Edited: May 20, 2019, 2:18 PM · What is hydronalium?

Replies (8)

Edited: May 20, 2019, 7:51 PM · That is an aluminum manufacturing company in Norway. Amazing what you can find with Google.


Note that the question originally asked about "hydro aluminum."

Edited: May 20, 2019, 12:09 PM · Are you sure you don't mean Hydronalium, an Al - Mg alloy?


This is commonly used for violin strings because of increased corrosion resistance.

May 20, 2019, 2:23 PM · Thanks D B. I edited my post. Aluminum or aluminum alloy strings deposit on the fingerboard. Is this an oxide?
May 20, 2019, 7:51 PM · Yes most likely an oxide or oxide hydrate. But once that happens, if the surface of the fingerboard becomes abrasive, I suppose it is possible for small amounts of the native metal to be transferred as well. I often see that the marks underneath my strings are shiny, which makes me wonder about that.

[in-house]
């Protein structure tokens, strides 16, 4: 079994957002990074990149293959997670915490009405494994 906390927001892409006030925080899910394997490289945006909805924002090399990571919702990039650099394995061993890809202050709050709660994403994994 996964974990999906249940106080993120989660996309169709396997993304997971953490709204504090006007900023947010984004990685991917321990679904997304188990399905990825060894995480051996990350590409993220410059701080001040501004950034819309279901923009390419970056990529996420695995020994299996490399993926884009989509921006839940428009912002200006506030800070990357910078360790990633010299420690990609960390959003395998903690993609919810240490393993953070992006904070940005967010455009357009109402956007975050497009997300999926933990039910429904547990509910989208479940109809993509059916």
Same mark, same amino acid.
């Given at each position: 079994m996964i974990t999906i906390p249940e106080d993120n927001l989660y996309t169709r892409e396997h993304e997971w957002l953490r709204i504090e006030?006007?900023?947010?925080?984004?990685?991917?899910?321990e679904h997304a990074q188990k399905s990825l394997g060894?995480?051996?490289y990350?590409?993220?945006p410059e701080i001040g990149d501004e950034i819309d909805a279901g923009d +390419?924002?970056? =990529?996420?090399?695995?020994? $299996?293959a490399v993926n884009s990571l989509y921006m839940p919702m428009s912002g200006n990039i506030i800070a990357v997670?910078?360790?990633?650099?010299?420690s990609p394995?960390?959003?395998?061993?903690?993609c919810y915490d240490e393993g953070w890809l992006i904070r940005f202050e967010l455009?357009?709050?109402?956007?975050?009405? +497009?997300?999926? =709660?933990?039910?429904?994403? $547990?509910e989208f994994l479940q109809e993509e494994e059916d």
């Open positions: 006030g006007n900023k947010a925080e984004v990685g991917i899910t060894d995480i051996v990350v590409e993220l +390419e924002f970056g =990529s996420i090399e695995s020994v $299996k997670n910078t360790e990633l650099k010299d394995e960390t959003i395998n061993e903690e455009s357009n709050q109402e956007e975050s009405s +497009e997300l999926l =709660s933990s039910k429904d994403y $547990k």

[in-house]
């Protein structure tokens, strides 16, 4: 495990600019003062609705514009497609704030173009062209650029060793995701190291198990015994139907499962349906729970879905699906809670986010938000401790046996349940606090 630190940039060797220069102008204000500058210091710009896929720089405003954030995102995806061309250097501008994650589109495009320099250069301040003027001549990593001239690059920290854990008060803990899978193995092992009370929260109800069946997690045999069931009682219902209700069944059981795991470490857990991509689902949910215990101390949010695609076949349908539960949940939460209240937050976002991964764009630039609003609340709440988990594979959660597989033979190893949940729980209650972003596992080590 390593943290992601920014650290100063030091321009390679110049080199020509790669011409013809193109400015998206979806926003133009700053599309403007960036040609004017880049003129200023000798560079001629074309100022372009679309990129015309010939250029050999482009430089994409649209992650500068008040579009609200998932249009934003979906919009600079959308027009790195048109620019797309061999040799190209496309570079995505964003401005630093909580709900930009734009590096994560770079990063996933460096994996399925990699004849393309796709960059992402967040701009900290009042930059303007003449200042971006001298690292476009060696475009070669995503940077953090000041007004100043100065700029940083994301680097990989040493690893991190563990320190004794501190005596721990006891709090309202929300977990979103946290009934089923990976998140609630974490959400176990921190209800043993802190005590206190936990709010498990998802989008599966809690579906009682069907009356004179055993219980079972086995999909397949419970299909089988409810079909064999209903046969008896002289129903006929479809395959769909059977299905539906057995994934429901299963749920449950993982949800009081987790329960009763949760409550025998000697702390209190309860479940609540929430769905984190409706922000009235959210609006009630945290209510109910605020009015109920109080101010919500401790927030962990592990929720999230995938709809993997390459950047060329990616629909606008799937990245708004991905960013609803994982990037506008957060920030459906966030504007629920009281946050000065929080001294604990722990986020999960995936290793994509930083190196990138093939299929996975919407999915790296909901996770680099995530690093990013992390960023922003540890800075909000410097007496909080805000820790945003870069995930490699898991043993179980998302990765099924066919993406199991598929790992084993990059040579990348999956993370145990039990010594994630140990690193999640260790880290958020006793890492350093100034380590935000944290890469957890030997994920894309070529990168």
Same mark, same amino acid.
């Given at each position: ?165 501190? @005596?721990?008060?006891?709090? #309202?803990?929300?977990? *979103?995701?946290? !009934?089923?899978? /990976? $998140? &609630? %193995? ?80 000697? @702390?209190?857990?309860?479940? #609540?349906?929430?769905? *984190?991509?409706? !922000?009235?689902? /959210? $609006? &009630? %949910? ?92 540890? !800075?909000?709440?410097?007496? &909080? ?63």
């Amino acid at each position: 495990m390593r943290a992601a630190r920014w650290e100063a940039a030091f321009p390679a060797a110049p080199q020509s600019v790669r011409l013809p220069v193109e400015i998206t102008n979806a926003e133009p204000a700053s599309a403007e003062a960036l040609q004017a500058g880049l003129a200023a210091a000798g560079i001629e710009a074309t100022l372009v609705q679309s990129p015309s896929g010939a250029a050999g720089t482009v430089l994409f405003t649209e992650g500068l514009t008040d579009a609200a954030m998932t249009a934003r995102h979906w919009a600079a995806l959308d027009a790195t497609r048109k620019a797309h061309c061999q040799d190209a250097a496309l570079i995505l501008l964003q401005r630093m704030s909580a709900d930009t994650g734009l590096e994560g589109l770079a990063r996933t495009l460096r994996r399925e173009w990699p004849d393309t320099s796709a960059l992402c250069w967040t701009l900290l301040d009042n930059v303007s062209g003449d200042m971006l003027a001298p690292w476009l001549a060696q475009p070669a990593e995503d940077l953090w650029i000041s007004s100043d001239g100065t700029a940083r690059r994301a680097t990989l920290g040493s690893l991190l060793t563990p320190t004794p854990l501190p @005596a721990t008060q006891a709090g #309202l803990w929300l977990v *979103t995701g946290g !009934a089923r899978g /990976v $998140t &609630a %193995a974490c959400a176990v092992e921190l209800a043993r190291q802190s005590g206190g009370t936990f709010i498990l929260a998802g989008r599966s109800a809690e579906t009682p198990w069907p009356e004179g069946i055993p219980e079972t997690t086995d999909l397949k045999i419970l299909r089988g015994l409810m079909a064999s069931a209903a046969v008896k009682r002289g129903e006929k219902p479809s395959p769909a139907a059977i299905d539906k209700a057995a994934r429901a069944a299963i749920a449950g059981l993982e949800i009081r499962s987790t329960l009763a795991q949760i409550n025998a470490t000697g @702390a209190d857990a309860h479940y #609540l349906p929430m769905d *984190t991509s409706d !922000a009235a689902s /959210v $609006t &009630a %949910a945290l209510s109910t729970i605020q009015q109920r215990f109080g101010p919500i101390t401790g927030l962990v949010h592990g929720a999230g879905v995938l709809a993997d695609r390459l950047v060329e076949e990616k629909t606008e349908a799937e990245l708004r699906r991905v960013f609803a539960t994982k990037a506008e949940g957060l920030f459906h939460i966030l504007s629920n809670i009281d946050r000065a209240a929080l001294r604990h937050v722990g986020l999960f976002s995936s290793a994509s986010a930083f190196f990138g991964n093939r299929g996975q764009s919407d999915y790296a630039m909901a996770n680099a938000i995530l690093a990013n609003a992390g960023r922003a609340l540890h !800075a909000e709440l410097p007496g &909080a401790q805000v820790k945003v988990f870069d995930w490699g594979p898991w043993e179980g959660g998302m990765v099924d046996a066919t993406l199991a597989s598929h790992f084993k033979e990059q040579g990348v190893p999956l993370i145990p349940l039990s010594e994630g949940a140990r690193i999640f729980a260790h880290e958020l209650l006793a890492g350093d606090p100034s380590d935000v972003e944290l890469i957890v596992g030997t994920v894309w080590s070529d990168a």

May 21, 2019, 7:39 AM · If it is an oxide, perhaps there is a limit to the thickness that can develop on the string winding. That would suggest minimizing the amount of transfer to the fingerboard to preserve the function of the string.
May 21, 2019, 10:47 AM · Aluminium oxidises easily in air, a protective adherent layer of oxide forming on the surface, whereas, in contrast, iron oxide (rust) is not adherent and falls off, exposing the underlying iron to yet more oxidation.
May 23, 2019, 7:38 AM · Years ago we got bridge spans in weathering steel. The steel would only oxidize to a minimal thickness.

Anyone have suggestions on reducing the amount of oxide transfer to the fingerboard, aside from minimal finger pressure?

May 23, 2019, 11:48 AM · I think there's really very little you can do about that. Probably the best thing is to just make sure your hands are clean before you play. The amount of material that is being transferred there is extremely small. Your strings are not wearing away underneath from contact with the fingerboard.

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